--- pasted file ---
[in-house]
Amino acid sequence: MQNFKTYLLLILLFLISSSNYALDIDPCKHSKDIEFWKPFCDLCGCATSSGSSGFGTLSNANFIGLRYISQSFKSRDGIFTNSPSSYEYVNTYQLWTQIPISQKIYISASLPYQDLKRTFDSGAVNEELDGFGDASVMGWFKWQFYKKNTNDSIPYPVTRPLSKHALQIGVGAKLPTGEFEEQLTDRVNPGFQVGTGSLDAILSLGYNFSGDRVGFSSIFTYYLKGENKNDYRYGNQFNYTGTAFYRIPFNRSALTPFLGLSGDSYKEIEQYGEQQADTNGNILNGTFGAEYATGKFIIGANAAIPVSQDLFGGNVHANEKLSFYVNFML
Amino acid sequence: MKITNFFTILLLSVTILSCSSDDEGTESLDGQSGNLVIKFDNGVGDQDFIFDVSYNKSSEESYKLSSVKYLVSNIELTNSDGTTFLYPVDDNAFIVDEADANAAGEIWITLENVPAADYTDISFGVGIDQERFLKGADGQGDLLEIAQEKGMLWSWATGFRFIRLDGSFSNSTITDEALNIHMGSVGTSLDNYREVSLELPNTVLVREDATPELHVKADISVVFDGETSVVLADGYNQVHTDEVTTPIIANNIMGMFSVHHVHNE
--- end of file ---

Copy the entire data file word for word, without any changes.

[in-house]
Amino acid sequence: MQNFKTYLLLILLFLISSSNYALDIDPCKHSKDIEFWKPFCDLCGCATSSGSSGFGTLSNANFIGLRYISQSFKSRDGIFTNSPSSYEYVNTYQLWTQIPISQKIYISASLPYQDLKRTFDSGAVNEELDGFGDASVMGWFKWQFYKKNTNDSIPYPVTRPLSKHALQIGVGAKLPTGEFEEQLTDRVNPGFQVGTGSLDAILSLGYNFSGDRVGFSSIFTYYLKGENKNDYRYGNQFNYTGTAFYRIPFNRSALTPFLGLSGDSYKEIEQYGEQQADTNGNILNGTFGAEYATGKFIIGANAAIPVSQDLFGGNVHANEKLSFYVNFML
Amino acid sequence: MKITNFFTILLLSVTILSCSSDDEGTESLDGQSGNLVIKFDNGVGDQDFIFDVSYNKSSEESYKLSSVKYLVSNIELTNSDGTTFLYPVDDNAFIVDEADANAAGEIWITLENVPAADYTDISFGVGIDQERFLKGADGQGDLLEIAQEKGMLWSWATGFRFIRLDGSFSNSTITDEALNIHMGSVGTSLDNYREVSLELPNTVLVREDATPELHVKADISVVFDGETSVVLADGYNQVHTDEVTTPIIANNIMGMFSVHHVHNE